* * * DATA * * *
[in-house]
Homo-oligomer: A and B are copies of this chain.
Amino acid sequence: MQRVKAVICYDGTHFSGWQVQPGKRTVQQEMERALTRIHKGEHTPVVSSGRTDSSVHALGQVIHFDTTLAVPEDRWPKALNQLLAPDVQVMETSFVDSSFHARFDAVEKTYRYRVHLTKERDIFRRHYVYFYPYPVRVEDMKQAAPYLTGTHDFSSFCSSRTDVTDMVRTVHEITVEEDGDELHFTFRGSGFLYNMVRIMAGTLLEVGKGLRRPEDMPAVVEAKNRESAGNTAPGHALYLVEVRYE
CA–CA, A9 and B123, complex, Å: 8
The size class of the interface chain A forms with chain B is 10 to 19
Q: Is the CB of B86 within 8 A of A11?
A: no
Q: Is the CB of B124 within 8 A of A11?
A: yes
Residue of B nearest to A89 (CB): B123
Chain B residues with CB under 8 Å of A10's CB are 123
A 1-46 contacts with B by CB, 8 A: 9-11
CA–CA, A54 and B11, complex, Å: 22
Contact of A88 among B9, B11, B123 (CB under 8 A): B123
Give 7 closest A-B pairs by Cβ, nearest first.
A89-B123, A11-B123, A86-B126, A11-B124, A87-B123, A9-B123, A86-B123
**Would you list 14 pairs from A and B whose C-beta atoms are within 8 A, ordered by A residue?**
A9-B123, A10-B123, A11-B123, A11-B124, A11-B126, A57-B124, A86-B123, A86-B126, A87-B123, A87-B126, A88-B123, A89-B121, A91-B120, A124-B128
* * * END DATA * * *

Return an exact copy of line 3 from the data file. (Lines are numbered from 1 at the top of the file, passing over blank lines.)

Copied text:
Amino acid sequence: MQRVKAVICYDGTHFSGWQVQPGKRTVQQEMERALTRIHKGEHTPVVSSGRTDSSVHALGQVIHFDTTLAVPEDRWPKALNQLLAPDVQVMETSFVDSSFHARFDAVEKTYRYRVHLTKERDIFRRHYVYFYPYPVRVEDMKQAAPYLTGTHDFSSFCSSRTDVTDMVRTVHEITVEEDGDELHFTFRGSGFLYNMVRIMAGTLLEVGKGLRRPEDMPAVVEAKNRESAGNTAPGHALYLVEVRYE